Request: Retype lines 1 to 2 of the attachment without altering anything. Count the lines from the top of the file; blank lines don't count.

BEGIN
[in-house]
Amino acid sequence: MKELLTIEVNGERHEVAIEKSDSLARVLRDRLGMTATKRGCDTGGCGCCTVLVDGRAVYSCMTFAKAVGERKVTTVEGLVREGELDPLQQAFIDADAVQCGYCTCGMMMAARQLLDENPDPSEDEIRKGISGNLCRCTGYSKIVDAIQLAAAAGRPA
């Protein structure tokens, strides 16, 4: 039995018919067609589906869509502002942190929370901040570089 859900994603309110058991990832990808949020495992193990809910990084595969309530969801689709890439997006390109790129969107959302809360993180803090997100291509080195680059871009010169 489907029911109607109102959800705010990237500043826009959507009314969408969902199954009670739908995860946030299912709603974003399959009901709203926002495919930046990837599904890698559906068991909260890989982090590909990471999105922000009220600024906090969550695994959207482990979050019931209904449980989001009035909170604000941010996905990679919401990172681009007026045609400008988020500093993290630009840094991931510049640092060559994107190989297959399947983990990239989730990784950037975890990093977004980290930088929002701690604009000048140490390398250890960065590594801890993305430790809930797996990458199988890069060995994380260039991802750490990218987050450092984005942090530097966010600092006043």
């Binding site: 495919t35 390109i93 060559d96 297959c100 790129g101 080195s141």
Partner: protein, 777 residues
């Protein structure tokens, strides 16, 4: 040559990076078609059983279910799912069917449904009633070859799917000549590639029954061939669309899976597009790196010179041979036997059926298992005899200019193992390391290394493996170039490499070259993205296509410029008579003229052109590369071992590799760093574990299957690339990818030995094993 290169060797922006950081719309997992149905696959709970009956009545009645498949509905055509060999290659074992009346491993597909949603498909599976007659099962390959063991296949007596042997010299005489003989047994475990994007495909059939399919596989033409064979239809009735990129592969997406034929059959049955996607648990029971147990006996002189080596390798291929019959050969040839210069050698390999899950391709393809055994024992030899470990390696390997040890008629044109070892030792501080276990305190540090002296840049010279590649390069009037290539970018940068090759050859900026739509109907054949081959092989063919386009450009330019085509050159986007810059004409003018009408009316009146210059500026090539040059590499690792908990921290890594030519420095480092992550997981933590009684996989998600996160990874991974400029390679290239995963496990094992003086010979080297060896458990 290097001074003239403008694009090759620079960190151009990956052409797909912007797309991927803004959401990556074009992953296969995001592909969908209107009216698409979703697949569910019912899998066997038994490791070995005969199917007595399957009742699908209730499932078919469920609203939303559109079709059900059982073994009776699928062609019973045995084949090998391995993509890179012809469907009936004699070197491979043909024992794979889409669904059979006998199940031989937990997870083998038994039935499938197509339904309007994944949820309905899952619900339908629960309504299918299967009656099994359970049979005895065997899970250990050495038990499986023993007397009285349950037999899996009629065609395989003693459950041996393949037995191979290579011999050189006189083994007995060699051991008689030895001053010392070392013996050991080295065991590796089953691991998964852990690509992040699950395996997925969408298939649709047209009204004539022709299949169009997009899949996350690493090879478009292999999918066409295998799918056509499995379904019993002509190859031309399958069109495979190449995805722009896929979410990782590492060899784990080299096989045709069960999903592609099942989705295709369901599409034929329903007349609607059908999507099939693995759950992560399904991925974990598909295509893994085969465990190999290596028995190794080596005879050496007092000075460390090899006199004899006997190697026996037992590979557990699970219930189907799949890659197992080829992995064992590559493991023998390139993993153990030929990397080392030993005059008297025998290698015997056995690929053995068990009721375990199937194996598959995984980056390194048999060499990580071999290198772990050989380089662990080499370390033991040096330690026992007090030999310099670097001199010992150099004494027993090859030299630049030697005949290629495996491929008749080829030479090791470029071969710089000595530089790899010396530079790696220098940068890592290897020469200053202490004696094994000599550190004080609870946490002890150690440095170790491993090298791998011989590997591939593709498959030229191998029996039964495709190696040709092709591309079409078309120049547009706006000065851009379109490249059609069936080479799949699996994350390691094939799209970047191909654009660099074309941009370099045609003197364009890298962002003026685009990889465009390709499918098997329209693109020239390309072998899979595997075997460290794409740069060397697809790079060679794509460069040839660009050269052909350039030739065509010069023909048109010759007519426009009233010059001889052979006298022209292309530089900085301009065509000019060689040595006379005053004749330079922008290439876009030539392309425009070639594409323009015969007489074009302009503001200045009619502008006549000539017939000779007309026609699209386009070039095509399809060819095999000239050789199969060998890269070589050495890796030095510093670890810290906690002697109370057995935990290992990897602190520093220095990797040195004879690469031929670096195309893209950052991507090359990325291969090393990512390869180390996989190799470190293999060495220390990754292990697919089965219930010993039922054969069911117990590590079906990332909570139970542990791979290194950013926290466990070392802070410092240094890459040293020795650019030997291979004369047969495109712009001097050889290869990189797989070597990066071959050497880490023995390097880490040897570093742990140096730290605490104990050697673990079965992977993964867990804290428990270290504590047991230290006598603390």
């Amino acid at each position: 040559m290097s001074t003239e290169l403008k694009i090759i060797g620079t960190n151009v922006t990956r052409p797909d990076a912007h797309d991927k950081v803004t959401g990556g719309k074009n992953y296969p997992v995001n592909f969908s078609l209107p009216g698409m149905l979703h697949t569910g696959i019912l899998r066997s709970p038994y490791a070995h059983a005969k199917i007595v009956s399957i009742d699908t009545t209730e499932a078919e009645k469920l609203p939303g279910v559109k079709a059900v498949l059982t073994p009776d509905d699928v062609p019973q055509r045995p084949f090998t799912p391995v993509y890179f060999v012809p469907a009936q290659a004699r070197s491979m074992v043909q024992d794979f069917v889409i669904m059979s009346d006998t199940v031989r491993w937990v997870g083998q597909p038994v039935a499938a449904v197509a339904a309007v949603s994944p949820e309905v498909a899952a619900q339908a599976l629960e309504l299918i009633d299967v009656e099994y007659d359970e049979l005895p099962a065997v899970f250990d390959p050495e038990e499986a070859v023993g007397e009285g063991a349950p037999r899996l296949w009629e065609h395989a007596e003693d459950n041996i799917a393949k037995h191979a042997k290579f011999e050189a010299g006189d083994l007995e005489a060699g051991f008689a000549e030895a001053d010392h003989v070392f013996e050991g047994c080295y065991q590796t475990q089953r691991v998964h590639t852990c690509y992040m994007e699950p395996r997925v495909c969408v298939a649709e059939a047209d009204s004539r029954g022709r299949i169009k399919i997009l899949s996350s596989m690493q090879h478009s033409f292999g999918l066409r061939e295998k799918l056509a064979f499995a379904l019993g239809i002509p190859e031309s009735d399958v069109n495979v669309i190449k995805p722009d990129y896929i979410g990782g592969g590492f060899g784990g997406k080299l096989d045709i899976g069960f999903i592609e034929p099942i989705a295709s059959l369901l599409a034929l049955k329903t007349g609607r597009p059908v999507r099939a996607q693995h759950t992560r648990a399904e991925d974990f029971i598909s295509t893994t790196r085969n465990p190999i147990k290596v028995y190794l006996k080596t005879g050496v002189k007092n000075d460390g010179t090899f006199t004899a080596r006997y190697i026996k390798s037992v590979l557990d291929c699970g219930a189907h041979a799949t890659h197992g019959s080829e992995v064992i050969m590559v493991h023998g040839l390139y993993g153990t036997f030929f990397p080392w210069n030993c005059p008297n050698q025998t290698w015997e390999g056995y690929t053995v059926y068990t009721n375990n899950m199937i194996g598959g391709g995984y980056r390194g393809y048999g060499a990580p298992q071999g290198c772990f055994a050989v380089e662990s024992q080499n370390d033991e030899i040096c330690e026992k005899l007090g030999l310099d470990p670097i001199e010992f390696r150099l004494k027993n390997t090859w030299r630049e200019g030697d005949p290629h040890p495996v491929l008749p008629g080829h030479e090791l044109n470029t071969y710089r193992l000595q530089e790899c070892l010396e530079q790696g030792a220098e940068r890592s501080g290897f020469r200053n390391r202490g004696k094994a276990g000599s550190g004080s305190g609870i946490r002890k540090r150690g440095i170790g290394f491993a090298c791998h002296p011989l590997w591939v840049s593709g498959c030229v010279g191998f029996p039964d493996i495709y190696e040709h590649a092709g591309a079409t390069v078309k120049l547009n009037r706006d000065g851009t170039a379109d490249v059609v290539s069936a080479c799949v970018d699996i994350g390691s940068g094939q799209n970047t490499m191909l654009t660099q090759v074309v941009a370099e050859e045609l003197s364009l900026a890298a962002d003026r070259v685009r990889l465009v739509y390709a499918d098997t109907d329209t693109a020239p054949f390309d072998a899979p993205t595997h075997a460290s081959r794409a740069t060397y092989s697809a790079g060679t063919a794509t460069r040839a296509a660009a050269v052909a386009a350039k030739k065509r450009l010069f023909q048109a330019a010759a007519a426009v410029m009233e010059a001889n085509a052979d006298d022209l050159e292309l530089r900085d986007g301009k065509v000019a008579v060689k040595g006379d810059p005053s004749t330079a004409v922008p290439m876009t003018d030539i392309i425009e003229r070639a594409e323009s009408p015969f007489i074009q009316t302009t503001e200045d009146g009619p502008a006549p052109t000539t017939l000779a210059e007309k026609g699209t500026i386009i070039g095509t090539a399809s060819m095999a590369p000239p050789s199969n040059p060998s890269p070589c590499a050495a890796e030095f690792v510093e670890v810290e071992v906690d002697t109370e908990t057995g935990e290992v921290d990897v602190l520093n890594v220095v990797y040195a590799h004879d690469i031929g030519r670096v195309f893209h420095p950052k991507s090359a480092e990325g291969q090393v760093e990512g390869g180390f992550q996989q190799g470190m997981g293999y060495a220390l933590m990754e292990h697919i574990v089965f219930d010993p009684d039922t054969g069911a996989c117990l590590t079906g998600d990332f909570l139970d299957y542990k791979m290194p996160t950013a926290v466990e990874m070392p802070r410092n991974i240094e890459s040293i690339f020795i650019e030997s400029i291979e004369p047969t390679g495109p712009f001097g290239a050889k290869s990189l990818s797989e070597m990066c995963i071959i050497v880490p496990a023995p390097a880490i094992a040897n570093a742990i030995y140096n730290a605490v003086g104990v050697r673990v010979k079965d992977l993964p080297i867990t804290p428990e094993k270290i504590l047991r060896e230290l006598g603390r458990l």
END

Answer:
[in-house]
Amino acid sequence: MKELLTIEVNGERHEVAIEKSDSLARVLRDRLGMTATKRGCDTGGCGCCTVLVDGRAVYSCMTFAKAVGERKVTTVEGLVREGELDPLQQAFIDADAVQCGYCTCGMMMAARQLLDENPDPSEDEIRKGISGNLCRCTGYSKIVDAIQLAAAAGRPA